After a groundswell of media coverage in the past couple years, we have seen a decrease in the conversation around the opioid epidemic, especially as major pharmaceutical companies such as Purdue Pharma and Johnson & Johnson have been brought to court in major lawsuits over understating the potential harms and addictive characteristics of many prescription painkillers, such as OxyContin.
However, as the media turns to a new public health crisis, teen vaping, is the opioid epidemic on the decline? Have we “fixed” it? Far from it, unfortunately, and some states continue to see rates of overdose rise or “level off”, maintaining peak rates. According to the Virginia Department of Health’s opioid addiction indicators, the New River Valley, and in particular, Pulaski, performs far worse than other state localities.
In 2017, the last year for which prescription opioid overdose death data is publically available, Pulaski county had a mortality rate of 20.5%, more than double that of neighboring Montgomery County, 8.1%, and nearly four times the overall state rate of 5.9%. That year, Governor Ralph Northam visited the New River Valley after a staggering 26 overdose deaths, reiterating the urgency of responding to this epidemic, and reducing stigma around addiction, in order to encourage others to seek help. “Addiction doesn’t discriminate,” Northam said, at an event organized by New River Valley Community Services, the largest mental health and substance misuse treatment provider in the region.
While many fight the stigma associated with addiction, it still exists widely in our community, as does addiction itself. One group is trying to combat this crisis in Pulaski county. NRV Recovery, a small group of local advocates, are seeking to open a “Recovery House”, often referred to as a sober living house. For many in recovery, the transition back to daily life is arduous, and one of the most at risk times for relapse.
Sober living homes act as a “step down” from inpatient treatment, increasing an individual’s chances of maintaining their recovery. They can also reduce costs to the local community. Instead of being publically funded, residents pay for their room and board, contributing their income to the upkeep and management of the residence. Most recovery houses have a live-in manager who is responsible for operations, and possibly even programming for the homes’ residents to aid in their recovery. Residents are also expected to attend meetings such as Alcoholics Anonymous, Narcotics Anonymous, and other support groups.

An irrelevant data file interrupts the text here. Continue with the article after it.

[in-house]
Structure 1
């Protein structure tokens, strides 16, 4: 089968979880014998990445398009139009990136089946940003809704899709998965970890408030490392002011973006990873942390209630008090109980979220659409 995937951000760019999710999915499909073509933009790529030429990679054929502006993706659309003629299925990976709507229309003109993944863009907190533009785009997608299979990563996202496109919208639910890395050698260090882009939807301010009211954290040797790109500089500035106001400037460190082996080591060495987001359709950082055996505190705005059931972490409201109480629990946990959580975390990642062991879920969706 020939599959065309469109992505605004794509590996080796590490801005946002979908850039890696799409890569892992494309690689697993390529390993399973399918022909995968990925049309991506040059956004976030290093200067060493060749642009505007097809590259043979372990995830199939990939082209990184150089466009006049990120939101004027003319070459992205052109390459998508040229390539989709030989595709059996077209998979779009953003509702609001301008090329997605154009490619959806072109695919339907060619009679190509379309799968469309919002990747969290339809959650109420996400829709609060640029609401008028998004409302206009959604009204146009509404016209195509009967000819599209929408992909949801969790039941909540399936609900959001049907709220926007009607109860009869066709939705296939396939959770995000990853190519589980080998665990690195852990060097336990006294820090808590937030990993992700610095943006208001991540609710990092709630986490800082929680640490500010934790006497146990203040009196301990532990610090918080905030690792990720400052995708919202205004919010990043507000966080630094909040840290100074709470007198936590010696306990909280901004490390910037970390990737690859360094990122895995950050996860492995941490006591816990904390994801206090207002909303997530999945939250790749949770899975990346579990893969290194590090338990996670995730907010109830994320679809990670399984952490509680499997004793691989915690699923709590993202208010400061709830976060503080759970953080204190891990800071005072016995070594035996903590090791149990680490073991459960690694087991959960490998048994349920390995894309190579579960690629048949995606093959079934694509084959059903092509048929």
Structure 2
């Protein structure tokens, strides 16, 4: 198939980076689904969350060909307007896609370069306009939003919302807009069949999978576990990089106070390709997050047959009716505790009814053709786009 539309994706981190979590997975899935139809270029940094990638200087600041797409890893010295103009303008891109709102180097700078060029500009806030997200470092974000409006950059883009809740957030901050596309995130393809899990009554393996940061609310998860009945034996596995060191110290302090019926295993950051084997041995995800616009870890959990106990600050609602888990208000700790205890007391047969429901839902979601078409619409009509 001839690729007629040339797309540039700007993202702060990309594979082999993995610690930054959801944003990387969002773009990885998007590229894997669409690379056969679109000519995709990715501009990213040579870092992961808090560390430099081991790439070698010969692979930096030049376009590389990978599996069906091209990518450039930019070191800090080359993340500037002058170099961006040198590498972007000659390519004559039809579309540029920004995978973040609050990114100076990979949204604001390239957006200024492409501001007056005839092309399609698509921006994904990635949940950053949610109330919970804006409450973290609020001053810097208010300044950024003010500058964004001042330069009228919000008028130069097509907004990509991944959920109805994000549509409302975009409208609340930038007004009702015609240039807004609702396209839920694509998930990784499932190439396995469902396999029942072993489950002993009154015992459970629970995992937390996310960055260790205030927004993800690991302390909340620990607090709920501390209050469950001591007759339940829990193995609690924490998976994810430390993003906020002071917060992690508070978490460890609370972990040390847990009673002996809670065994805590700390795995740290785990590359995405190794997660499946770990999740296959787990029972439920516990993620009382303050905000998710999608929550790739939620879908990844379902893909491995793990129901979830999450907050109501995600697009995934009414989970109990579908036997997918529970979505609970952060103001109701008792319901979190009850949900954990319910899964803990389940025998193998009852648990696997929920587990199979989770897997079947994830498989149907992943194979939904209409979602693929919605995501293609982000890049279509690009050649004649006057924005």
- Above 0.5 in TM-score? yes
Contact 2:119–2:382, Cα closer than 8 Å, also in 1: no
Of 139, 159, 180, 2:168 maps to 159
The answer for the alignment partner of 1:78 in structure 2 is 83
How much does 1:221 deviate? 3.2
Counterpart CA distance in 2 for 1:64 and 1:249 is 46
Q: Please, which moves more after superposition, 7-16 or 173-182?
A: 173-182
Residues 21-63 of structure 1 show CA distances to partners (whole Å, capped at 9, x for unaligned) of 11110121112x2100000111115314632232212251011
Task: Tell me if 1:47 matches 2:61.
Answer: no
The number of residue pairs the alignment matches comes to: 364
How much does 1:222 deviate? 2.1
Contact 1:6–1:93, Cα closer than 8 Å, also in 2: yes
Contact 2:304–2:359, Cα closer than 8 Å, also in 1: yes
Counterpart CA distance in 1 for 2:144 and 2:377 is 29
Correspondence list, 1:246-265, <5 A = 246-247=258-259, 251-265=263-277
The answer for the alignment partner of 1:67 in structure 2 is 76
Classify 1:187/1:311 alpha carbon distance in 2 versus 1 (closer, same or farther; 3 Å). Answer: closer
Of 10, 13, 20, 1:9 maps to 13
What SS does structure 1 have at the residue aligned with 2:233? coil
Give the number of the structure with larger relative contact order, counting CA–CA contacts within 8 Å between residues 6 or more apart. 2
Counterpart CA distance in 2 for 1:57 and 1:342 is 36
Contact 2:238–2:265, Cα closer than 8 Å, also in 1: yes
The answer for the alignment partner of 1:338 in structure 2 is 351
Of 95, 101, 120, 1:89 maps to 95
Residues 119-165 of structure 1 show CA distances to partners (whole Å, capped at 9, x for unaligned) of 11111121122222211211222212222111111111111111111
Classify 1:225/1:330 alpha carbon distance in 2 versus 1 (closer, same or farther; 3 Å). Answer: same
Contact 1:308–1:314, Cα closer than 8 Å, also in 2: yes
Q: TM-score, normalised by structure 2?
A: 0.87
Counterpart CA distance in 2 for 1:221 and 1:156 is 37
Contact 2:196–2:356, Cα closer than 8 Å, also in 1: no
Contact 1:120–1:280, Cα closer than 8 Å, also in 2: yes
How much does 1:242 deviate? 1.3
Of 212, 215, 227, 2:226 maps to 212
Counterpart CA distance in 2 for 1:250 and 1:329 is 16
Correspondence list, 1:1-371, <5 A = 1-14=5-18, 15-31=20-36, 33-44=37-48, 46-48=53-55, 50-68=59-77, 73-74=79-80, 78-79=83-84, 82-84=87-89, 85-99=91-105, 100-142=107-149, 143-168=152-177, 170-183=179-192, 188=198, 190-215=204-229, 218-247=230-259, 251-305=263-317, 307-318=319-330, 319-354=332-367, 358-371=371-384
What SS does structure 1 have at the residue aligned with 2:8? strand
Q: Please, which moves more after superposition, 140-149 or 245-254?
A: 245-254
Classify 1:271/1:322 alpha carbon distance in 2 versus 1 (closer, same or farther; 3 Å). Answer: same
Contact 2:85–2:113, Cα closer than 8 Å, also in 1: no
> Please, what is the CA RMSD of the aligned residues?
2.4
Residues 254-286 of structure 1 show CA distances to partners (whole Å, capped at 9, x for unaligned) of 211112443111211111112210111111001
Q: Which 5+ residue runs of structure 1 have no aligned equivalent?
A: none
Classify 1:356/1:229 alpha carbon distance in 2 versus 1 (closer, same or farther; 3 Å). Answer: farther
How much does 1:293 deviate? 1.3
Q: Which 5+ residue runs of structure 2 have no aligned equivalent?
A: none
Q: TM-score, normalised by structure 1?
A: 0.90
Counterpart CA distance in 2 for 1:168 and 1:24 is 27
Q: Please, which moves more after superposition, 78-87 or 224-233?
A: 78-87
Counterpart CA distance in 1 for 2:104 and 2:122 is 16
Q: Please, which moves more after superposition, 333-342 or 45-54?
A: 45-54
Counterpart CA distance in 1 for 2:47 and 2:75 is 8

However, when it came time for the new Pulaski recovery house to be approved for a special use permit, it was denied at a September 9th meeting with the planning commission. Reactions from local residents, including those who would live in close proximity to the house, expressed strong concern and disapproval. According to Cory Haggerty, a member of NRV Recovery, one local resident went so far as to say that if the house was approved, she would no longer be able to let her children play outside. However, another attendee, a next door neighbor to the potential house, stated that “we have prostitutes and criminals and drug addicts walk past our house all the time”, but was still against the idea of a sober living home.
According to multiple members of NRV Recovery, there are many folks in Pulaski that do have neighbors suffering from addiction already. It appears the difference in building recovery housing would be the knowledge of a concentrated 7-10 individuals in the same home, although they would be actively in treatment. While these local residents represent the sentiments of many in Pulaski, the New River Valley, and the larger population in general, these attitudes ironically create barriers to reducing the “problem” they feel so strongly against. In hopes of changing minds and persisting through these barriers, members of NRV Recovery again submitted the special use permit at an October 1st meeting, and were again denied.
In the face of all this, it’s hard not to be frustrated with the push back. It is imperative that as a community, we become comfortable with confronting and treating addiction. Condemning those who are struggling does not eliminate, and in fact, exacerbates the epidemic and the pain that individuals with a substance use disorder experience. It is up to us to create safe spaces within our community to encourage individuals to seek help and create room for their treatment to succeed. Simply by looking at the overdose data, it’s clear that combatting the stigma associated with addiction is a life and death matter for the New River Valley.